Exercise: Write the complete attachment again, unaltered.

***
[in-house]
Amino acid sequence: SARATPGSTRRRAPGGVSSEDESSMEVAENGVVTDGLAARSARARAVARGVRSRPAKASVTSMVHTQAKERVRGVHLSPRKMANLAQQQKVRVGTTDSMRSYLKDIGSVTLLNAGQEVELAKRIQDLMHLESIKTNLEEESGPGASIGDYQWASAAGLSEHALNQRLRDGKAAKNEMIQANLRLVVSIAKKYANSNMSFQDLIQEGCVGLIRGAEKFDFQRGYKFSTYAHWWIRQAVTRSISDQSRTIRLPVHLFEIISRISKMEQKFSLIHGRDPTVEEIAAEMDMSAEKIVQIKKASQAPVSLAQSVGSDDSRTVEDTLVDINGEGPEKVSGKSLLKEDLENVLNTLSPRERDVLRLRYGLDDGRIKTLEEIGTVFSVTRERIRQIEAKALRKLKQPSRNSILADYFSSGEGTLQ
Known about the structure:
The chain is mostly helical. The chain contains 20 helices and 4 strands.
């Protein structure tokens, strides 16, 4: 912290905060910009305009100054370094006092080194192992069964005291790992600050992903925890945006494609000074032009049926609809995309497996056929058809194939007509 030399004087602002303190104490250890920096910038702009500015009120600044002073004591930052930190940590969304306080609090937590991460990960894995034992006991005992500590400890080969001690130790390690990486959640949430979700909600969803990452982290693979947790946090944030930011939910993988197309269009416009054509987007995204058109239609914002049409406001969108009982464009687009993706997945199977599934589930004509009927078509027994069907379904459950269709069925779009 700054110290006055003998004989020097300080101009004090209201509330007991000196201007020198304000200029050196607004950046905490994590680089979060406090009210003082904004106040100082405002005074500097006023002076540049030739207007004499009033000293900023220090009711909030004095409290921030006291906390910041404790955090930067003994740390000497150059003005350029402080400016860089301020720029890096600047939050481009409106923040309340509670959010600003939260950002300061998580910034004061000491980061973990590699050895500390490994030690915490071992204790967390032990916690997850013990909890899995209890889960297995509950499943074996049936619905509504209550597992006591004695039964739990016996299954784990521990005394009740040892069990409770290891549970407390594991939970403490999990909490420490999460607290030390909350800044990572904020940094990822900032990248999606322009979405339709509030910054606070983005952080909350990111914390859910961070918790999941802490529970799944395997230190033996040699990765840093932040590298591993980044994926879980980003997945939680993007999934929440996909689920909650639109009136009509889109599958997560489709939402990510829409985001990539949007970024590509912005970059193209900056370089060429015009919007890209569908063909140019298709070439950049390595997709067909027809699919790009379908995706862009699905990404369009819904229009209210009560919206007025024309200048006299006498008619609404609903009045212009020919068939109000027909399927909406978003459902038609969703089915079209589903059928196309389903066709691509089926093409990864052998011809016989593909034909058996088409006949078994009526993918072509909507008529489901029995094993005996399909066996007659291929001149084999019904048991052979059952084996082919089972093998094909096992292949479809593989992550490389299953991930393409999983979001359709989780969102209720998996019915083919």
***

[in-house]
Amino acid sequence: SARATPGSTRRRAPGGVSSEDESSMEVAENGVVTDGLAARSARARAVARGVRSRPAKASVTSMVHTQAKERVRGVHLSPRKMANLAQQQKVRVGTTDSMRSYLKDIGSVTLLNAGQEVELAKRIQDLMHLESIKTNLEEESGPGASIGDYQWASAAGLSEHALNQRLRDGKAAKNEMIQANLRLVVSIAKKYANSNMSFQDLIQEGCVGLIRGAEKFDFQRGYKFSTYAHWWIRQAVTRSISDQSRTIRLPVHLFEIISRISKMEQKFSLIHGRDPTVEEIAAEMDMSAEKIVQIKKASQAPVSLAQSVGSDDSRTVEDTLVDINGEGPEKVSGKSLLKEDLENVLNTLSPRERDVLRLRYGLDDGRIKTLEEIGTVFSVTRERIRQIEAKALRKLKQPSRNSILADYFSSGEGTLQ
Known about the structure:
The chain is mostly helical. The chain contains 20 helices and 4 strands.
């Protein structure tokens, strides 16, 4: 912290905060910009305009100054370094006092080194192992069964005291790992600050992903925890945006494609000074032009049926609809995309497996056929058809194939007509 030399004087602002303190104490250890920096910038702009500015009120600044002073004591930052930190940590969304306080609090937590991460990960894995034992006991005992500590400890080969001690130790390690990486959640949430979700909600969803990452982290693979947790946090944030930011939910993988197309269009416009054509987007995204058109239609914002049409406001969108009982464009687009993706997945199977599934589930004509009927078509027994069907379904459950269709069925779009 700054110290006055003998004989020097300080101009004090209201509330007991000196201007020198304000200029050196607004950046905490994590680089979060406090009210003082904004106040100082405002005074500097006023002076540049030739207007004499009033000293900023220090009711909030004095409290921030006291906390910041404790955090930067003994740390000497150059003005350029402080400016860089301020720029890096600047939050481009409106923040309340509670959010600003939260950002300061998580910034004061000491980061973990590699050895500390490994030690915490071992204790967390032990916690997850013990909890899995209890889960297995509950499943074996049936619905509504209550597992006591004695039964739990016996299954784990521990005394009740040892069990409770290891549970407390594991939970403490999990909490420490999460607290030390909350800044990572904020940094990822900032990248999606322009979405339709509030910054606070983005952080909350990111914390859910961070918790999941802490529970799944395997230190033996040699990765840093932040590298591993980044994926879980980003997945939680993007999934929440996909689920909650639109009136009509889109599958997560489709939402990510829409985001990539949007970024590509912005970059193209900056370089060429015009919007890209569908063909140019298709070439950049390595997709067909027809699919790009379908995706862009699905990404369009819904229009209210009560919206007025024309200048006299006498008619609404609903009045212009020919068939109000027909399927909406978003459902038609969703089915079209589903059928196309389903066709691509089926093409990864052998011809016989593909034909058996088409006949078994009526993918072509909507008529489901029995094993005996399909066996007659291929001149084999019904048991052979059952084996082919089972093998094909096992292949479809593989992550490389299953991930393409999983979001359709989780969102209720998996019915083919």